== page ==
Walter Lappert, CEO, Triad Drones
Lead Generation Is Slowing
There can be a variety of reasons that sales may drop, but for lead generation, it’s almost always based on the current business strategy.
So it’s important to make those pivots when you see consistent signs of distress. The “wait and see” approach may seem like the safe way to operate, but losing profits never resembles any type of positive strategy.
Victor Mathieux, Co-Founder & CEO, Miracle Brand
Your Energy and Enthusiasm Levels Are Low
It may be time to make changes if you’re not feeling as motivated or as excited to advance with your business as you once did.
This may manifest itself in several ways, either emotionally or physically, such as feeling burned out or physically showing that a change may be necessary.
Reviewing your founding principles and core beliefs can help you adjust your course. Let the research and facts refresh your plan.
Kurt Uhlir, Chief Marketing Officer
Very High Competition
One of the clearest indicators that it’s time to pivot your business is very high competition. It’s challenging enough to survive in a market with mid-level competition, let alone when there are too many companies and brands competing together.
You might have brought an original idea to the market. But now there are too many people doing the same thing. And large corporations are always keen on hopping on the bandwagon and following trends.
They have more resources, so fighting with them seems impossible. If you compete with too many companies, it’s time to change routes.
Shaun Connell, Founder & CEO, WritingTips.org
Failure to Stand Out
Your project could appear innovative and one-of-a-kind at first, but it’s simple to be overtaken by a larger corporation with a ready market and a similar but superior offering.
Starting out in a crowded market or competing with a big firm may be rather discouraging. And it won’t take long to realize that this might not be a conflict you can prevail in.
Fortunately, there is still a possibility in these circumstances. It’s possible that a single unique feature or a distinctive business model will help your product stand out from the competition.
Sean Harris, Managing Editor, Family Destinations Guide
Monitor Customer Behavior
Observing changes in customer behavior is one way to determine whether a company should maintain its current strategy or make a pivot. If customers no longer respond to your current marketing strategy, it is perhaps time to shift gears.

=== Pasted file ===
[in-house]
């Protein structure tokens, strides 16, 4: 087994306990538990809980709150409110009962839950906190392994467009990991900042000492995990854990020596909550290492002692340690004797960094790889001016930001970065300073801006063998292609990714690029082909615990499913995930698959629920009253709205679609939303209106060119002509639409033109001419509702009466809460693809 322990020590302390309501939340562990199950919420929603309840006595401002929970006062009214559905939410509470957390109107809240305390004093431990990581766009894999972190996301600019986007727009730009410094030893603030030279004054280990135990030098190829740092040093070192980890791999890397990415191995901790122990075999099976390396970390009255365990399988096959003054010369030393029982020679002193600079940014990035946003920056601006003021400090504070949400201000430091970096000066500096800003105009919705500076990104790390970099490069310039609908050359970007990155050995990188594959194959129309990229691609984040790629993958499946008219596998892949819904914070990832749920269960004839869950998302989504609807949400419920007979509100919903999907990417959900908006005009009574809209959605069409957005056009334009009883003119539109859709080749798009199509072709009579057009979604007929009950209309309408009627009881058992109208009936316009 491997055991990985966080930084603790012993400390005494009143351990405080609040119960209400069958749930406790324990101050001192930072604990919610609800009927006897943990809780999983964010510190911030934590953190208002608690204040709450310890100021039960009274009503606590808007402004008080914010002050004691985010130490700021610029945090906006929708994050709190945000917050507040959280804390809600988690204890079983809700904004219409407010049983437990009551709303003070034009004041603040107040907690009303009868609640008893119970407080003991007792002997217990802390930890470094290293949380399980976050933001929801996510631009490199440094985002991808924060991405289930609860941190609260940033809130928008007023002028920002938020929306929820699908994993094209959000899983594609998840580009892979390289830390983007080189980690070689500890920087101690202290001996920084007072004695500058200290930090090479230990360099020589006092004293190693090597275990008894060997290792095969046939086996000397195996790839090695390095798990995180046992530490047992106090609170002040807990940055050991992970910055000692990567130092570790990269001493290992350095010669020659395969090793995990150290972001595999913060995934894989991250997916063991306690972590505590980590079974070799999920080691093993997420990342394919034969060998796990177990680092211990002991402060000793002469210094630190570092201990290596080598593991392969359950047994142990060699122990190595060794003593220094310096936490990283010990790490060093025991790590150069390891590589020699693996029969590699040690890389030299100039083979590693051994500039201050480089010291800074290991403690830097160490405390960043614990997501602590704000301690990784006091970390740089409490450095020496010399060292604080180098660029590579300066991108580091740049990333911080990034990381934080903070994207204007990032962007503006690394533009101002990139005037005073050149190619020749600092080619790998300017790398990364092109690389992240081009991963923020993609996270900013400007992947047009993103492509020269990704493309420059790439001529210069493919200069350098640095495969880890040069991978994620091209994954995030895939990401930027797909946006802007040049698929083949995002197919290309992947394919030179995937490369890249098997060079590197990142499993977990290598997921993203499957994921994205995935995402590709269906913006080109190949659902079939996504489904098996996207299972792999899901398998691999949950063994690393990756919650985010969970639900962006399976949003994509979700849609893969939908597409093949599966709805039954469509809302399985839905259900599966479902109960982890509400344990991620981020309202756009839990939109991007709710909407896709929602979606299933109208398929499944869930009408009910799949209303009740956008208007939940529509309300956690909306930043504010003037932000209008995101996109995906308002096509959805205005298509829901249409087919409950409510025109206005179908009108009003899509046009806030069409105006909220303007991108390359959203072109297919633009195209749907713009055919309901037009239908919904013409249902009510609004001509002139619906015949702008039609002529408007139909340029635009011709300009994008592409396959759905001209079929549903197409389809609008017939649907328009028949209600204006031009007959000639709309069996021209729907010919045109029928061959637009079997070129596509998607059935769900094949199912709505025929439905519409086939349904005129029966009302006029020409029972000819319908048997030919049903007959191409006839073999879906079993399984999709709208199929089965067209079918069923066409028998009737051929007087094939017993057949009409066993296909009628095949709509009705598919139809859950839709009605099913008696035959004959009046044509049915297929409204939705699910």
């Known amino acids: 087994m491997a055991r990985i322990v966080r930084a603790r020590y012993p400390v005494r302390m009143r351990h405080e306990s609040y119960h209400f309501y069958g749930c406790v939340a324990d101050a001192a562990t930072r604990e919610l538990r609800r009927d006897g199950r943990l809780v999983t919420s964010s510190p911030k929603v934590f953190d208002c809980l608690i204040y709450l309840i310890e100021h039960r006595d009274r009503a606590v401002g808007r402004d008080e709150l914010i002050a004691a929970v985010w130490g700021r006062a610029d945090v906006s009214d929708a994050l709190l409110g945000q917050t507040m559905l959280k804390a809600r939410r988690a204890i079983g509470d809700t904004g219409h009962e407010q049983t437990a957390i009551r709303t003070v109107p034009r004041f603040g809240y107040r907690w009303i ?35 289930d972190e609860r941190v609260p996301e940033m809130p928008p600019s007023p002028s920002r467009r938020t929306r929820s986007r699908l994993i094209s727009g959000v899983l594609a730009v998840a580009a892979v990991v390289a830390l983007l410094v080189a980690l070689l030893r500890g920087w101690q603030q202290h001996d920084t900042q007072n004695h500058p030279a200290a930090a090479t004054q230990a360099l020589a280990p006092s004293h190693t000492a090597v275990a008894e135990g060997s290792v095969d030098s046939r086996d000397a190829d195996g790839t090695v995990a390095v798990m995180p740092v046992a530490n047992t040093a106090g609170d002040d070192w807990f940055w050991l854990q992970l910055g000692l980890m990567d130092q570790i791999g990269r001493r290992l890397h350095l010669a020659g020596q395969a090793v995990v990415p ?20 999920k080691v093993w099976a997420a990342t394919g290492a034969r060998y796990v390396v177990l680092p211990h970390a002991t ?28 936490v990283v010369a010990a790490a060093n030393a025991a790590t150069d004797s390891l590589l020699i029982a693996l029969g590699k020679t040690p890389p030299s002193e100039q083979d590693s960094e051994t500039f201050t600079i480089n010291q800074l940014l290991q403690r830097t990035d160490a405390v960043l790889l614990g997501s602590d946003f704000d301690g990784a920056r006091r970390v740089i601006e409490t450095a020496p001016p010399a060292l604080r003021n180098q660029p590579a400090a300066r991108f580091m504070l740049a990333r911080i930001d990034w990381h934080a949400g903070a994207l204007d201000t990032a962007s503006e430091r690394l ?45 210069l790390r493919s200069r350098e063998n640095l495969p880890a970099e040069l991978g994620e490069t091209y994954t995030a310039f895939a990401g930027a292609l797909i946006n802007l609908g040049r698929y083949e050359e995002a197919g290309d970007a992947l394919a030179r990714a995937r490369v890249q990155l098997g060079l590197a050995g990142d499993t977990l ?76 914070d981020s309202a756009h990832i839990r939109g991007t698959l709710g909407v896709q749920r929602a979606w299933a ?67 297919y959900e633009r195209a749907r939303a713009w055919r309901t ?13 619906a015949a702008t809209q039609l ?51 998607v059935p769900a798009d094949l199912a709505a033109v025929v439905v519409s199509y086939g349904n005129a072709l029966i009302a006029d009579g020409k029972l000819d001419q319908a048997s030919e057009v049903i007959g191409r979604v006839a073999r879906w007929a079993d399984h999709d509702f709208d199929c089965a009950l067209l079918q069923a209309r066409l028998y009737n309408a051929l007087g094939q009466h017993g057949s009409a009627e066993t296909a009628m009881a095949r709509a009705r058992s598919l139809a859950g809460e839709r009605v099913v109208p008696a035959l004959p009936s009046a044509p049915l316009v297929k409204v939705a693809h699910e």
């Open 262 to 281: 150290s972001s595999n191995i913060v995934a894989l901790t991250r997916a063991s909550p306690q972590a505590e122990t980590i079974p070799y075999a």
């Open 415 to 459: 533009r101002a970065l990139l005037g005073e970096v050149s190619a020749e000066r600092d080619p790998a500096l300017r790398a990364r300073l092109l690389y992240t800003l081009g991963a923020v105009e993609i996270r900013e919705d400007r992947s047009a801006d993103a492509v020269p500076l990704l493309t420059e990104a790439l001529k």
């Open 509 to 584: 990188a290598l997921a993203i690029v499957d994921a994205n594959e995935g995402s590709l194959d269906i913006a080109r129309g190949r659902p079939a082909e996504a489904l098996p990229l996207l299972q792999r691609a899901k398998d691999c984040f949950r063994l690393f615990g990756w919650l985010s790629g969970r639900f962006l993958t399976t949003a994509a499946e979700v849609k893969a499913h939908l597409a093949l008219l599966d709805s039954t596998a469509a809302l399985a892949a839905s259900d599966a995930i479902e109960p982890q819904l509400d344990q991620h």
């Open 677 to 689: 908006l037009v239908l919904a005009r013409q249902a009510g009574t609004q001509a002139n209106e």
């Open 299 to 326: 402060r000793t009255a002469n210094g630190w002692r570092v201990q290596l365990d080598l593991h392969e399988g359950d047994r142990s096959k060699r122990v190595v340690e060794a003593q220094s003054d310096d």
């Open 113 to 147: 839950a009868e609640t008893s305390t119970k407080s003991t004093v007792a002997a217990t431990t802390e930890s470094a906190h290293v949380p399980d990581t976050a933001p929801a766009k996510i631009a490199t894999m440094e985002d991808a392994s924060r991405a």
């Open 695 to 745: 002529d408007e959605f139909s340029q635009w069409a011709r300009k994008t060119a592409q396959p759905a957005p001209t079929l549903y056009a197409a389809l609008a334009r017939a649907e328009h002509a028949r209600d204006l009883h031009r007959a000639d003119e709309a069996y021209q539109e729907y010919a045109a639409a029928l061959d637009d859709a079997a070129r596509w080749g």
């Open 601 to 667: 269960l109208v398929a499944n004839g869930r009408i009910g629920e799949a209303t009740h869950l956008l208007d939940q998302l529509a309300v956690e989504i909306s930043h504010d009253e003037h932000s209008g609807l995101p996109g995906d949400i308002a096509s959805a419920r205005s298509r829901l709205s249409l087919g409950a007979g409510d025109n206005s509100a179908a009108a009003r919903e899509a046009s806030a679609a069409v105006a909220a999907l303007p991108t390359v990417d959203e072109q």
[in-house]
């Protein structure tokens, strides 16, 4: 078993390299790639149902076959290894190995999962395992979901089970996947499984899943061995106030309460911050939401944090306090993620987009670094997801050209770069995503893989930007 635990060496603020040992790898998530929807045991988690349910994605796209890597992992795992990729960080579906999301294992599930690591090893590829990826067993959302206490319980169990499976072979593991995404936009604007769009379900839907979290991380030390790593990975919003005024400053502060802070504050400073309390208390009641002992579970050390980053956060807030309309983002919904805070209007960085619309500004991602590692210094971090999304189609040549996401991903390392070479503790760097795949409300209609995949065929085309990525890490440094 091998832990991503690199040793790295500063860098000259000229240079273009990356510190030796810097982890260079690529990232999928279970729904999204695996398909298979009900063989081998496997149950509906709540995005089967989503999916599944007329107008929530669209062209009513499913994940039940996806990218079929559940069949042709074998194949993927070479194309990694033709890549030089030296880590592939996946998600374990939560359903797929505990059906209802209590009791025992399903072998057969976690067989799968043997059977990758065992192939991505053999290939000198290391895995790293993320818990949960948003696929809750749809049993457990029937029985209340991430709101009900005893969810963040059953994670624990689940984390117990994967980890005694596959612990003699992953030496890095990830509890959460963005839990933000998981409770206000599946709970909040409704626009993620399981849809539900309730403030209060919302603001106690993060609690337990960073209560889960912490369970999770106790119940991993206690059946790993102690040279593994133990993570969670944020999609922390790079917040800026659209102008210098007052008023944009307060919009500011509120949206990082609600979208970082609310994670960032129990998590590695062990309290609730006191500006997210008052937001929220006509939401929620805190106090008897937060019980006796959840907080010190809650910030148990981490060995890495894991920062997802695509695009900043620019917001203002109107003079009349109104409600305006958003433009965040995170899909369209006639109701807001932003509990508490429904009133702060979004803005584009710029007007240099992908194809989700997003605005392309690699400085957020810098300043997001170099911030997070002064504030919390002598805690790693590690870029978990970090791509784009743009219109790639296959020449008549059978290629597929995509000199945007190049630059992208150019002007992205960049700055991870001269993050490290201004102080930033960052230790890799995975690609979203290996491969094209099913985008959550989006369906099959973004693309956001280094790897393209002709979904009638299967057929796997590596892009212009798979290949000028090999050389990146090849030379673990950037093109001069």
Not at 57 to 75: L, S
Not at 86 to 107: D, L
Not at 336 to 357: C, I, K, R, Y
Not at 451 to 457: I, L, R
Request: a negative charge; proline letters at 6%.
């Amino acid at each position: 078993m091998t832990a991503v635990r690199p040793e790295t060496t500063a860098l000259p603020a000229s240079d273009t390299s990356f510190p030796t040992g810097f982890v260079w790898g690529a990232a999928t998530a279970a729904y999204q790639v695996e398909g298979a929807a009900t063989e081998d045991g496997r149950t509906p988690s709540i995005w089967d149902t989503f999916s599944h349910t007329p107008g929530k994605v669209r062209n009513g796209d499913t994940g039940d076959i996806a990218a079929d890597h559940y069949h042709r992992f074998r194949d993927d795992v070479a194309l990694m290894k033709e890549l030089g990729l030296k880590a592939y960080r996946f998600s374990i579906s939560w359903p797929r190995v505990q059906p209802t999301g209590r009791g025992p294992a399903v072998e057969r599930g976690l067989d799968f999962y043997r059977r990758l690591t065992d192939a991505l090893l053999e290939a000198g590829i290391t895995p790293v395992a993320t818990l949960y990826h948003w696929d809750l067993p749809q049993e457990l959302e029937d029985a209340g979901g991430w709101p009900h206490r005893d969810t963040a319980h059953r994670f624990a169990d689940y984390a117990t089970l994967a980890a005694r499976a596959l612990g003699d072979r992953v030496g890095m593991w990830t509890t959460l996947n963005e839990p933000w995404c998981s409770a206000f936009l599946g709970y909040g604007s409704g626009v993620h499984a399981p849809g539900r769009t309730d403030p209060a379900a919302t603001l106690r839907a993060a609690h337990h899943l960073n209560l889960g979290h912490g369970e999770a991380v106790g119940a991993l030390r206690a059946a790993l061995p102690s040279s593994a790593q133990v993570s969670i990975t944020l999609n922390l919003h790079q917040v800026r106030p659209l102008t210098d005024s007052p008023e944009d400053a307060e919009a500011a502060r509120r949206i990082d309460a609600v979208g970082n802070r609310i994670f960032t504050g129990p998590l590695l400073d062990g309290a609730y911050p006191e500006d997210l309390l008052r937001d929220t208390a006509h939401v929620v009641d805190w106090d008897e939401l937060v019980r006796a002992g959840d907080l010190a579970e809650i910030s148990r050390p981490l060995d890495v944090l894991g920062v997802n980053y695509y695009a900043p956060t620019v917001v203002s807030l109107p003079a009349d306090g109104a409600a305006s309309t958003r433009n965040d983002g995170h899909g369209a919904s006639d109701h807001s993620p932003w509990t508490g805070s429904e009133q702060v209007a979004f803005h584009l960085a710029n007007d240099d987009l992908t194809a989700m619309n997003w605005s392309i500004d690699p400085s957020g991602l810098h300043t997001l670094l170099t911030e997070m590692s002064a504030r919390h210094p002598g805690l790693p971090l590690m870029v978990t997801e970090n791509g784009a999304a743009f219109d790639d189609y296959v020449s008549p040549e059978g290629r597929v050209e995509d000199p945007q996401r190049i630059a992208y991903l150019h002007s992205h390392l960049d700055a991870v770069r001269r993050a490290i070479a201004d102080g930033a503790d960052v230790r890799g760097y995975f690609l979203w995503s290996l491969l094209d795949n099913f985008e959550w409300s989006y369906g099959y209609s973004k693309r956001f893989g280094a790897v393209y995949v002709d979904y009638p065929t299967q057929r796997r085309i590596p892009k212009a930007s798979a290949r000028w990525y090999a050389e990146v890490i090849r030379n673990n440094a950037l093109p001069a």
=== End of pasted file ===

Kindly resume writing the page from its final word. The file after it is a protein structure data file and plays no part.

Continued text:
Moreover, if sales are declining or remaining stagnant, you should try to shake things up and consider a new tactic, pricing, or approach to advertising.
If it’s clear that you’re no longer competitive in your market or you’ve hit a plateau, you have no choice but to change. Otherwise, you might as well just throw in the towel and be done with it.
Kyle Kroeger, Founder, Via Travelers
Compare Actual Customers With Your Target Audience
Check whether your actual customers are the same people you set as your target audience. This will let you know if your marketing and sales initiatives are actually reaching the people you intended.
If you find that most of your real customers do not belong to any of the target audience groups you previously identified, it’s a good indicator that your business is wasting resources and valuable opportunities, which are clear signs you should refocus your strategy.
Jonathan Merry, Co-Founder & CEO, CryptoMonday
Try Ruling Out SEO Issues
Has performance on your landing page improved after making adjustments based on data insights? High bounce rates don’t always mean the business is a dud. It could mean that the customer experience has pain points that can be addressed. This could mean adding better pictures, or changing up the order of information displayed.
If after making these changes, the data doesn’t show improvement over time, you may find that the issue might be foundational, as in the premise of the business.
On the other hand, if after doing your SEO due diligence you see improvements, it means that customers are still seeking your brand to solve the problem you’re addressing.
Karden Rabin, Co-Founder, CFS School
Insufficient Revenue to Cover Expenses
The most common reason for a pivot is money—it all comes down to the capital. If your business is leaking funds and your current strategy isn’t bringing in enough revenue to cover expenses, you’re essentially stuck on a sinking ship if you choose to do nothing.
If you’re running out of money, it’s time to consider a pivot while you still have enough funds and time to put efforts into saving the company. Look at your business objectively; a task easier said than done for entrepreneurs who are passionate about their products. Bring in another unbiased party who can give you the hard truth and help you troubleshoot potential solutions. Don’t tie yourself to a business idea simply because you’re emotionally connected to it—unless you’re prepared to go down with the ship.
Maximilian Wühr, CGO & Co-Founder, FINN Auto